A number of the United States' key European allies are threatening to follow the decision of the Swedish government and unilaterally recognize a Palestinian state if efforts are not made to renew the peace talks between Israel and the Palestinians, the Wall Street Journal reported Friday, basing the claim on comments made by top US and European officials.
“We’re not going to wait forever,” the WSJ cited a senior European official as saying. “Other European countries are poised to follow Sweden,” he added.
American and European officials warn that a failure to attempt continuing direct talks between Israel and the Palestinians will result in a further deterioration of tensions in the area, particularly in Jerusalem, the West Bank and the Gaza Strip.
According to the report, US Secretary of State John Kerry met with Palestinian and Arab officials in recent days to discuss the current situation in Jerusalem and the continued deadlock in the peace process.
Last Thursday, Sweden's center-left government on Thursday officially recognized the state of Palestine, becoming the first major European country to do so.
The EU member country joined only two other Western European countries – Malta and Cyprus – that have officially recognized a Palestinian state.
Swedish Foreign Minister Margot Wallstrom said the Scandinavian country had decided on the move because the criteria of international law required for such recognition had been fulfilled.
"There is a territory, a people and government," she told reporters in Stockholm.
Wallstrom said she hopes Sweden's "excellent cooperation (with Israel) would continue" nevertheless and that the decision would be met in Jerusalem "in a constructive way."
Israel was quick to condemn Sweden's move, however.
Foreign Minister Avigdor Lieberman described it as "a miserable decision that strengthens the extremist elements and Palestinian rejectionism."
He added: "It's a shame that the government of Sweden chose to take a declarative step that only causes harm."
The 28-nation European Union has said it would recognize a Palestinian state "when appropriate," and has urged that negotiations to achieve a two-state solution be resumed as soon as possible.
Foreign Ministry spokesman Paul Hirschson said Israel's ambassador to Sweden was being recalled for consultations but declined to say how long he would remain in Israel.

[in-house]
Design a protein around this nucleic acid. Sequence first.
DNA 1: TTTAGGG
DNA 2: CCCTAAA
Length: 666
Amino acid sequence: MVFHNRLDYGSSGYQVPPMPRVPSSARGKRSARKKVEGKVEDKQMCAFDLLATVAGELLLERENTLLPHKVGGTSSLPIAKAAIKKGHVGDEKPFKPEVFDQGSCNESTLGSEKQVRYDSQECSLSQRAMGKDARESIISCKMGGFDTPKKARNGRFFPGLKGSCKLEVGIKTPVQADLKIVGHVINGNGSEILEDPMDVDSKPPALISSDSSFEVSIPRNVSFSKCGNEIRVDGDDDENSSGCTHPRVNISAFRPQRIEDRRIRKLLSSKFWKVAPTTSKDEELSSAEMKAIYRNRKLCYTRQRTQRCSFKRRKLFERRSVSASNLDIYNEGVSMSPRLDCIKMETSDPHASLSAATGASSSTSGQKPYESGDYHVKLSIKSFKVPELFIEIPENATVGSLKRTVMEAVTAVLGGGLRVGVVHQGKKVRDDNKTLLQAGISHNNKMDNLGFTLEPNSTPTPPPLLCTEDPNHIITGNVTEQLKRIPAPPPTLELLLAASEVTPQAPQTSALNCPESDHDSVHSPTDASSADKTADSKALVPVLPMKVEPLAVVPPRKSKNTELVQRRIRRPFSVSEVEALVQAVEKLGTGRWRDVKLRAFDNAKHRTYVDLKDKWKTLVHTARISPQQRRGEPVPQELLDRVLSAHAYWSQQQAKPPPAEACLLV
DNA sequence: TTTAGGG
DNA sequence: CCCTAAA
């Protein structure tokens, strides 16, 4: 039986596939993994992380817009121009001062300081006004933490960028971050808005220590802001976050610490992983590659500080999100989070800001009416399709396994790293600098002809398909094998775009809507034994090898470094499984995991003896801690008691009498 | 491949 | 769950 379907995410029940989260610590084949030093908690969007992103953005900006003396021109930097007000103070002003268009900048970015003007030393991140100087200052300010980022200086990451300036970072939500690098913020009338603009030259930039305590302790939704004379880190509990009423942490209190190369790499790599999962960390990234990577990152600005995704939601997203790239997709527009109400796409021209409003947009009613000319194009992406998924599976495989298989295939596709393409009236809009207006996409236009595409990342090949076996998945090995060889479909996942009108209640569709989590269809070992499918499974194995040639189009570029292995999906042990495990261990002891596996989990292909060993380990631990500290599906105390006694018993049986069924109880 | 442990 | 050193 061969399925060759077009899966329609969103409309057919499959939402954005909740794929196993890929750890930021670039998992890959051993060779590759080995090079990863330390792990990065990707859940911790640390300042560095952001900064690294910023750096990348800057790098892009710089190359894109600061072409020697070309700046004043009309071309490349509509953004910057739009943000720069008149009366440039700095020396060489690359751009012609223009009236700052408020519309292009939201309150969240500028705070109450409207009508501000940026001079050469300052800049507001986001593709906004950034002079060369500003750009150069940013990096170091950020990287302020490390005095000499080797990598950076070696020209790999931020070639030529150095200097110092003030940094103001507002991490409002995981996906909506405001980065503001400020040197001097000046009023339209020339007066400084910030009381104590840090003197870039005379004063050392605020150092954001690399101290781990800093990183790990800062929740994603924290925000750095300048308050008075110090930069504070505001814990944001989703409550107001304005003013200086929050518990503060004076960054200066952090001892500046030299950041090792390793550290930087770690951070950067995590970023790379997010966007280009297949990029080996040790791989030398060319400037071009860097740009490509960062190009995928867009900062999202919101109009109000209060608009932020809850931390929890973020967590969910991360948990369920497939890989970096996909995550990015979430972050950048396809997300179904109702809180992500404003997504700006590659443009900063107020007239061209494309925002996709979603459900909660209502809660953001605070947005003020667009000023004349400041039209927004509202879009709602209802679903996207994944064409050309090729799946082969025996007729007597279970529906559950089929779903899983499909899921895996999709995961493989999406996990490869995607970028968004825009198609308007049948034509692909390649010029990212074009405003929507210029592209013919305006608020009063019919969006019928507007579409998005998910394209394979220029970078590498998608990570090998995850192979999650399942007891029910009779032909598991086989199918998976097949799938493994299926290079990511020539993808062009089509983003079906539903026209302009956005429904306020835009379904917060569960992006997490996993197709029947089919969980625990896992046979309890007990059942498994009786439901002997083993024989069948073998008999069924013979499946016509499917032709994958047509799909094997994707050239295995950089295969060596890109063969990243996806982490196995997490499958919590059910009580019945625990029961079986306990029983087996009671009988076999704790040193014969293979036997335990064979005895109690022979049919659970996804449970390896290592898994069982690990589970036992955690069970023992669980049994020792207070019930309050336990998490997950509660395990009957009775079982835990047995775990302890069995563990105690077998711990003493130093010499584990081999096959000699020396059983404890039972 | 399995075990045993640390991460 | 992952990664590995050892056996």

Hanan Ashrawi, a senior Palestinian official, welcomed the move by Sweden, a European Union member, as "a principled and courageous decision."
"It is our hope that other EU member states and countries worldwide will follow Sweden's lead and recognize Palestine before the chances for a two-state solution are destroyed indefinitely," Ashrawi said.
Israel says Palestinians can gain independence only through peace negotiations, and that recognition of Palestine at the UN or by individual countries undermines the negotiating process. Palestinians say Israeli Prime Minister Benjamin Netanyahu isn't serious about the peace negotiations.
The latest round of US-brokered talks collapsed in April. American officials have hinted that Israel's tough negotiating stance hurt the talks, and Netanyahu has continued to settle Israelis in the West Bank and east Jerusalem.
More than 550,000 Israelis now live in the two areas, greatly complicating hopes of partitioning the area under a future peace deal. The two territories and the Gaza Strip are claimed by Palestinians for a future state.
US State Department spokeswoman Jen Psaki said the US supports Palestinian statehood but added it can only come through negotiations between Israel and the Palestinians that resolve status issues and end their conflict.
"Some countries (are) responding to the lack of a resolution of a peace process out there," she said.
Wallstrom, the Swedish foreign minister, said she had anticipated Israeli criticism against Sweden's decision.
"It happens that ambassadors are recalled for consultations. It is part of the diplomatic toolkit," Wallstrom said. "I am convinced that both our countries have an interest in maintaining and strengthening our good bilateral ties."
Associated Press and Reuters contributed to this report.